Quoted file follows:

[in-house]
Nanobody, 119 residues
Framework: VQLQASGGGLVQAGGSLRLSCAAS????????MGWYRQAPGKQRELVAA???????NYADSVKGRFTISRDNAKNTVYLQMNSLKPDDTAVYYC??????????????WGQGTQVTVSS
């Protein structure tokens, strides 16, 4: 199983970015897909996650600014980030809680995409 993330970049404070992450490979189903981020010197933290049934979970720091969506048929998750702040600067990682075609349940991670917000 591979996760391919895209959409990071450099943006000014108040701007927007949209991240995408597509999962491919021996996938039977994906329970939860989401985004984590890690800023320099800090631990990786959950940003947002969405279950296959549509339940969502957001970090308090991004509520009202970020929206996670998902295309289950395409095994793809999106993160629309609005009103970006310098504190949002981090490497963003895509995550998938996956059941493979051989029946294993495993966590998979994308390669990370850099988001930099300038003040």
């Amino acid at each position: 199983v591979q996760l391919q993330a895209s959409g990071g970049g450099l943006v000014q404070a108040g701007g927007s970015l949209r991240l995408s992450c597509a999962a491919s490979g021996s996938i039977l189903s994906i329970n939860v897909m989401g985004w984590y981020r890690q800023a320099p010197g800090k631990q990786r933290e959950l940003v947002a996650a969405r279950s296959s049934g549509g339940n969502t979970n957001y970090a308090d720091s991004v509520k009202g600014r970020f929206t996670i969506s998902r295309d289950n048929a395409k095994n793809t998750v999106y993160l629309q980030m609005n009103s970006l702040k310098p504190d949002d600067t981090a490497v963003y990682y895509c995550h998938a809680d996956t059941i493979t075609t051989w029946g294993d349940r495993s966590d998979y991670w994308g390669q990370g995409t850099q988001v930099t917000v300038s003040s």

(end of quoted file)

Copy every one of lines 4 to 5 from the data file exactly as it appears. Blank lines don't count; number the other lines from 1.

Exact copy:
């Protein structure tokens, strides 16, 4: 199983970015897909996650600014980030809680995409 993330970049404070992450490979189903981020010197933290049934979970720091969506048929998750702040600067990682075609349940991670917000 591979996760391919895209959409990071450099943006000014108040701007927007949209991240995408597509999962491919021996996938039977994906329970939860989401985004984590890690800023320099800090631990990786959950940003947002969405279950296959549509339940969502957001970090308090991004509520009202970020929206996670998902295309289950395409095994793809999106993160629309609005009103970006310098504190949002981090490497963003895509995550998938996956059941493979051989029946294993495993966590998979994308390669990370850099988001930099300038003040």
């Amino acid at each position: 199983v591979q996760l391919q993330a895209s959409g990071g970049g450099l943006v000014q404070a108040g701007g927007s970015l949209r991240l995408s992450c597509a999962a491919s490979g021996s996938i039977l189903s994906i329970n939860v897909m989401g985004w984590y981020r890690q800023a320099p010197g800090k631990q990786r933290e959950l940003v947002a996650a969405r279950s296959s049934g549509g339940n969502t979970n957001y970090a308090d720091s991004v509520k009202g600014r970020f929206t996670i969506s998902r295309d289950n048929a395409k095994n793809t998750v999106y993160l629309q980030m609005n009103s970006l702040k310098p504190d949002d600067t981090a490497v963003y990682y895509c995550h998938a809680d996956t059941i493979t075609t051989w029946g294993d349940r495993s966590d998979y991670w994308g390669q990370g995409t850099q988001v930099t917000v300038s003040s």